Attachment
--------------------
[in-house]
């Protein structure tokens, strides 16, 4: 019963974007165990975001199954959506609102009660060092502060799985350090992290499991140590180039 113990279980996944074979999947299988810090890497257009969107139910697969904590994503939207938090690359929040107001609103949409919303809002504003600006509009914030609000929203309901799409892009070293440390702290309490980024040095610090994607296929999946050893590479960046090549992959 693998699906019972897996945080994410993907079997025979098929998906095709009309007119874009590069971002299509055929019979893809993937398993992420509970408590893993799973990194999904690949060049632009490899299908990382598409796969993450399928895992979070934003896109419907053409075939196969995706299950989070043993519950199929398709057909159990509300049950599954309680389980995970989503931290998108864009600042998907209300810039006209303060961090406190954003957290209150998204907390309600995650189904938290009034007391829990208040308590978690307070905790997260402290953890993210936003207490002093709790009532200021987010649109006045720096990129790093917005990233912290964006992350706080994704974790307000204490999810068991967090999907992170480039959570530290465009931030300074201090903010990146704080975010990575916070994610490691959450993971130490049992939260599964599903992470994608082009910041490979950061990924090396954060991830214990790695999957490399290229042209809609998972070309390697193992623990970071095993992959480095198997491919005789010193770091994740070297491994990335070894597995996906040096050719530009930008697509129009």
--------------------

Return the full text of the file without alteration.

[in-house]
């Protein structure tokens, strides 16, 4: 019963974007165990975001199954959506609102009660060092502060799985350090992290499991140590180039 113990279980996944074979999947299988810090890497257009969107139910697969904590994503939207938090690359929040107001609103949409919303809002504003600006509009914030609000929203309901799409892009070293440390702290309490980024040095610090994607296929999946050893590479960046090549992959 693998699906019972897996945080994410993907079997025979098929998906095709009309007119874009590069971002299509055929019979893809993937398993992420509970408590893993799973990194999904690949060049632009490899299908990382598409796969993450399928895992979070934003896109419907053409075939196969995706299950989070043993519950199929398709057909159990509300049950599954309680389980995970989503931290998108864009600042998907209300810039006209303060961090406190954003957290209150998204907390309600995650189904938290009034007391829990208040308590978690307070905790997260402290953890993210936003207490002093709790009532200021987010649109006045720096990129790093917005990233912290964006992350706080994704974790307000204490999810068991967090999907992170480039959570530290465009931030300074201090903010990146704080975010990575916070994610490691959450993971130490049992939260599964599903992470994608082009910041490979950061990924090396954060991830214990790695999957490399290229042209809609998972070309390697193992623990970071095993992959480095198997491919005789010193770091994740070297491994990335070894597995996906040096050719530009930008697509129009």